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‘North’ (PG)

By Joe Brown
Washington Post Staff Writer
July 22, 1994

"North" is "The Player" of kids' movies, packed with cameos by lots of talented actors and Bruce Willis. But even with all these familiar funny folks -- Jon Lovitz, Kathy Bates, Dan Aykroyd, Kelly McGillis, John Ritter, Faith Ford, Alan Arkin and more -- "North" seldom raises more than a chuckle.

Adapted from "Saturday Night Live" writer Alan Zweibel's 1984 children's fable (Zweibel himself appears as a baseball coach), "North" is a gentle, harmless and rather pedestrian fantasy about North (Elijah Wood) a smart, sensitive, all-around model boy who feels underappreciated by his preoccupied parents ("Seinfeld's" Jason Alexander and Julia Louis-Dreyfus, together at last!).

Egged on by Winchell (Matthew McCurley), the Machiavellian editor of his school newspaper, North decides to become a "free agent," auditioning new sets of folks around the world. Guided by his guardian angel (Willis), North plods from family to prospective family, from Alaska to Hawaii to Africa, only to realize there's no place like home. But while North's away, Winchell raises him as a symbol of oppressed children, forcing the moms and dads of the world to reduce chores and curfews, raise allowances and lower the voting age to 7.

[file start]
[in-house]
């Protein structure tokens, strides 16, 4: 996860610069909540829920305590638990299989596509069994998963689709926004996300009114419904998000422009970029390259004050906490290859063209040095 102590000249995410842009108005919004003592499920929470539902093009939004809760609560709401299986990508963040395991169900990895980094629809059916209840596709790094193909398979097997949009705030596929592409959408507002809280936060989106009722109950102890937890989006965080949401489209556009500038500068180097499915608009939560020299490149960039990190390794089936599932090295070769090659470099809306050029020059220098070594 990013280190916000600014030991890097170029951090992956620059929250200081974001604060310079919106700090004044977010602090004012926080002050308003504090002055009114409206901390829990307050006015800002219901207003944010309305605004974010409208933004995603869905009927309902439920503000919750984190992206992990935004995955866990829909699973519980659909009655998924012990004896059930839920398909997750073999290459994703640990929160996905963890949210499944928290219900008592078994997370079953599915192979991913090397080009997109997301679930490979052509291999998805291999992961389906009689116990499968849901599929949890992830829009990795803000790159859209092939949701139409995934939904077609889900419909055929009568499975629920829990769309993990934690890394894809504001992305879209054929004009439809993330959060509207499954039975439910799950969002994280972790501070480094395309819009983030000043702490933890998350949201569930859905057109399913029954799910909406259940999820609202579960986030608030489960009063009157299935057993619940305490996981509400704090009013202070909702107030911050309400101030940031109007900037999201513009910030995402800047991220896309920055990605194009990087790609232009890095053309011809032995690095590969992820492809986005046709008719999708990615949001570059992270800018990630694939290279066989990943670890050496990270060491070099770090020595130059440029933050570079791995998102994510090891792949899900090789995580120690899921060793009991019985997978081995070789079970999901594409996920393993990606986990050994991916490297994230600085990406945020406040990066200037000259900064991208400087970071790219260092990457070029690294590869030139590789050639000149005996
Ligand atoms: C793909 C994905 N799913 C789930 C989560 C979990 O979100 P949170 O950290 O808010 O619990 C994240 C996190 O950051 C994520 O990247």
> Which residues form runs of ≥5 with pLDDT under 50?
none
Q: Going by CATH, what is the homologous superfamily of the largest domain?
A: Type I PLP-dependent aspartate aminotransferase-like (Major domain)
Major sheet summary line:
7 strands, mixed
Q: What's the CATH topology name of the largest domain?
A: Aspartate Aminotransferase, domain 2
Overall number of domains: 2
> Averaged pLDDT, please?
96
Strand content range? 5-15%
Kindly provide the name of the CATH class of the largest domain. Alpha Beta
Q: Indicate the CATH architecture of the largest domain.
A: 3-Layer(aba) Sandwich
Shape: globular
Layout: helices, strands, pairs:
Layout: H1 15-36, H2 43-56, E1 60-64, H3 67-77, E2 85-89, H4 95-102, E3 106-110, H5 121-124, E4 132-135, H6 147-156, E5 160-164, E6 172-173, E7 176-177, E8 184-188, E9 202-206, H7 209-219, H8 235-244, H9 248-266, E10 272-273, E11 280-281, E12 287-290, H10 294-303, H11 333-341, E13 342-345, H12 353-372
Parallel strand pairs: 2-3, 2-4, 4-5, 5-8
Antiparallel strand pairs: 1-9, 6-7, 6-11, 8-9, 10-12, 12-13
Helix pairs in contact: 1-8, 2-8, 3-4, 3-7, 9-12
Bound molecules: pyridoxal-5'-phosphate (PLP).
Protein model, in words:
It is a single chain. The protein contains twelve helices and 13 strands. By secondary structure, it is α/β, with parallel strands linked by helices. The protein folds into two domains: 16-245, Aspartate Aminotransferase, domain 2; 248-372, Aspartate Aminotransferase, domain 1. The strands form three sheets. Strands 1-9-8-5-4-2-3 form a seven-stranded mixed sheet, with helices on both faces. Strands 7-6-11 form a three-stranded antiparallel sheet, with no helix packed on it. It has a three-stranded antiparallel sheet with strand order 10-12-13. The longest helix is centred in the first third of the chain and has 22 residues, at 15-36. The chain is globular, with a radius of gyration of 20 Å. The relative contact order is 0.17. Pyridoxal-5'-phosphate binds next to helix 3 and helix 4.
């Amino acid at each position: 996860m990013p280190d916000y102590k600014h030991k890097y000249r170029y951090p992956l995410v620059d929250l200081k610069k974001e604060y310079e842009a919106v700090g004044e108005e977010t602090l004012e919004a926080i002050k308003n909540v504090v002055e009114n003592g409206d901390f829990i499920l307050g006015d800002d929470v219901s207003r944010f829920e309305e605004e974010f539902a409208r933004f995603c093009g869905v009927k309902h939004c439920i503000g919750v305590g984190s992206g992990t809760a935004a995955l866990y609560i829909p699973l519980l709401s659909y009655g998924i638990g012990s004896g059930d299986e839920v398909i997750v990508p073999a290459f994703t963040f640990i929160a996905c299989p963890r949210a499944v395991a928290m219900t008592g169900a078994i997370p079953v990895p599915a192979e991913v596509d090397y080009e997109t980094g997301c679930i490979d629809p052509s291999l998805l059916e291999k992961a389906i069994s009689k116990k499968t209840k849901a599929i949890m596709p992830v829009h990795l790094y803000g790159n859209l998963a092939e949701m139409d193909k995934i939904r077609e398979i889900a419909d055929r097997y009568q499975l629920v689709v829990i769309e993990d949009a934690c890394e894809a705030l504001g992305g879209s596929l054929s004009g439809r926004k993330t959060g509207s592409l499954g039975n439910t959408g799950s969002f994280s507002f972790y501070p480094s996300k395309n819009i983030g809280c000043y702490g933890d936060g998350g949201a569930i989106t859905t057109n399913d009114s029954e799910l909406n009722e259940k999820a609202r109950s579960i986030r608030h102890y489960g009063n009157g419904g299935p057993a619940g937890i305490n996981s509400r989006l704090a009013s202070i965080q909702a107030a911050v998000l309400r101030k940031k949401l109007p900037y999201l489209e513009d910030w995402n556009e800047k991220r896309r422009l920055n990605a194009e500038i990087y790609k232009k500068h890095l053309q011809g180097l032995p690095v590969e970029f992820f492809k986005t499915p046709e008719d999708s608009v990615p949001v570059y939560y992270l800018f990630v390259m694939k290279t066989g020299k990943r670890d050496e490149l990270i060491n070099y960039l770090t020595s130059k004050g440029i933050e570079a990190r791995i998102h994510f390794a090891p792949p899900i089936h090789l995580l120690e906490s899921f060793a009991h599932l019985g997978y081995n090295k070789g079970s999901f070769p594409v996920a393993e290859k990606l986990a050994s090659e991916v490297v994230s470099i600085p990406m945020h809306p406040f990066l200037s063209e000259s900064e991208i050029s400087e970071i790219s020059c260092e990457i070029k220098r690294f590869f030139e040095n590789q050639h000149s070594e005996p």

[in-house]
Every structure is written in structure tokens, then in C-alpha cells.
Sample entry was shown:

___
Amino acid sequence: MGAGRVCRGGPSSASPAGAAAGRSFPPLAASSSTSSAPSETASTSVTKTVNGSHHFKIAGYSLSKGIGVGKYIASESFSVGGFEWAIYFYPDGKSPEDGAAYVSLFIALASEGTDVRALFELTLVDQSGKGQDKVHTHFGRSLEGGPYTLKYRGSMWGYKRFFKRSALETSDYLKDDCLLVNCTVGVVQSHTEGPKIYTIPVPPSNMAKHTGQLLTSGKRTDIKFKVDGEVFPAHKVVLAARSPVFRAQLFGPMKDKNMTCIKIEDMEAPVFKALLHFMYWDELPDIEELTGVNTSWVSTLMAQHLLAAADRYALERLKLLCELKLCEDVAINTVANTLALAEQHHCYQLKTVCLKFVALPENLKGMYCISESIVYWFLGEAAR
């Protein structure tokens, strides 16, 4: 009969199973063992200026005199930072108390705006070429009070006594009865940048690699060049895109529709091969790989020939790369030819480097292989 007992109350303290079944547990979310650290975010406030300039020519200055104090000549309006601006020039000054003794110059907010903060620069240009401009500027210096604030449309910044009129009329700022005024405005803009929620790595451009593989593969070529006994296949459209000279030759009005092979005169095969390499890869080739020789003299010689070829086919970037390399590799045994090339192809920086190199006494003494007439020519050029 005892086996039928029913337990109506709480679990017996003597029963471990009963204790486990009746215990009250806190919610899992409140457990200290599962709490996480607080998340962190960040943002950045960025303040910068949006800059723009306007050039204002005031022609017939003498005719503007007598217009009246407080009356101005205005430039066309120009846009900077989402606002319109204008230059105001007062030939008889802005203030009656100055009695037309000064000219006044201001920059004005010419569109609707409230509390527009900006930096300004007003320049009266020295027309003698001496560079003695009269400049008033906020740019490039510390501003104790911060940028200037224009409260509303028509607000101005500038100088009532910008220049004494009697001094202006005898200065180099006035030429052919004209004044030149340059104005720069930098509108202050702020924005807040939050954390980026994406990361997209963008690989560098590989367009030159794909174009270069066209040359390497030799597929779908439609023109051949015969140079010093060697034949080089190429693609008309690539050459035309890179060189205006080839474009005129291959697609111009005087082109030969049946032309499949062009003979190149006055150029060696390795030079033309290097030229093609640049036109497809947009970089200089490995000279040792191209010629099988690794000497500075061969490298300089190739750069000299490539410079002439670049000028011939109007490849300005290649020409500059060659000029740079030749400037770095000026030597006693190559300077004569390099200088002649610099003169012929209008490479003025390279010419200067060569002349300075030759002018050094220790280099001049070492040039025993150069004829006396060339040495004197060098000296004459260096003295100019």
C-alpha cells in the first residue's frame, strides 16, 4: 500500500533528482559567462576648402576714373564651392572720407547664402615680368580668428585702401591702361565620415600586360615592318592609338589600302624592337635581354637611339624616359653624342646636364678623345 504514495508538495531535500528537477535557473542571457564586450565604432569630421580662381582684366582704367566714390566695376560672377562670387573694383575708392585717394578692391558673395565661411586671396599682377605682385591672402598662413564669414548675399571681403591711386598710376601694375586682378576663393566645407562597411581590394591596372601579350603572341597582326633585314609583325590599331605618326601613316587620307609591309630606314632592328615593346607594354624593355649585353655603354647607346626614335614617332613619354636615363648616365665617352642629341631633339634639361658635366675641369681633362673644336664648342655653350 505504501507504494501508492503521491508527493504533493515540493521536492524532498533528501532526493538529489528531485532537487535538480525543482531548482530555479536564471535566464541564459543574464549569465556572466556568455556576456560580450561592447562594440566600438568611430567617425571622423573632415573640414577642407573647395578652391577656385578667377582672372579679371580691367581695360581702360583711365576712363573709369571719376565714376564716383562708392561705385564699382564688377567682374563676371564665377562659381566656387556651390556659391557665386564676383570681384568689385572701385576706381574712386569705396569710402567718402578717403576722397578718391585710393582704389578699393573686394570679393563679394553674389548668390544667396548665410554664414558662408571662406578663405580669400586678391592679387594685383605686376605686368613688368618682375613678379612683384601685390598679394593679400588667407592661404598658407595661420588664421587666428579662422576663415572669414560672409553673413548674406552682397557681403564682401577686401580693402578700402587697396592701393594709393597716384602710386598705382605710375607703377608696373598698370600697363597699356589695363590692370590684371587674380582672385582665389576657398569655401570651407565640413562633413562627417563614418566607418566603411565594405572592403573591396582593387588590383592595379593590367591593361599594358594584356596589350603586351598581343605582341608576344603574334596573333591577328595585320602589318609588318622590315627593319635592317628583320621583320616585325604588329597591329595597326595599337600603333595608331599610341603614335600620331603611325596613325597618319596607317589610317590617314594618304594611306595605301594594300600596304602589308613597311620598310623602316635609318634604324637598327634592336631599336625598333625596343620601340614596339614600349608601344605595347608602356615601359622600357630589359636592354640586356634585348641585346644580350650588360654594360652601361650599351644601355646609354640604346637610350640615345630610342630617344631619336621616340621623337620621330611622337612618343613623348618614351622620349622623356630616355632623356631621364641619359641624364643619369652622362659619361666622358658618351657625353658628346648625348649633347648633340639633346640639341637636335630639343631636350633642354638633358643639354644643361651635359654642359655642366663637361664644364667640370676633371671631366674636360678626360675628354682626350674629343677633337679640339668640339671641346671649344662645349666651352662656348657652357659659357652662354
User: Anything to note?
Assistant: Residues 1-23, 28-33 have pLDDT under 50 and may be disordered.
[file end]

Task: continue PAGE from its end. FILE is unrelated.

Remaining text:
Wood is a fine young actor, but maybe he should have a chat with his agent. The title role is a dud -- North just reacts to all the funny business around him. Winchell is the movie's juiciest role, and McCurley walks away with the whole movie, playing the cunning wunderkind as a Poindexterish, pint-sized Charles Foster Kane.

From the opening credits on, it's apparent that director Rob Reiner is straining for Spielbergian whimsy and sweetness, but he keeps things moving at a fair clip, so "North" never really settles down long enough to be outright boring. The movie is peppered with cinematic in-jokes and sight gags that refer, for starters, to "Harvey," "The Wizard of Oz," "E.T.," "Giant," "The Last Emperor" and "Witness." But most of these references will probably sail over the heads of younger viewers, as will the handful of weirdly dated, out-of-place adult-aimed jokes, which would flop with any age group.

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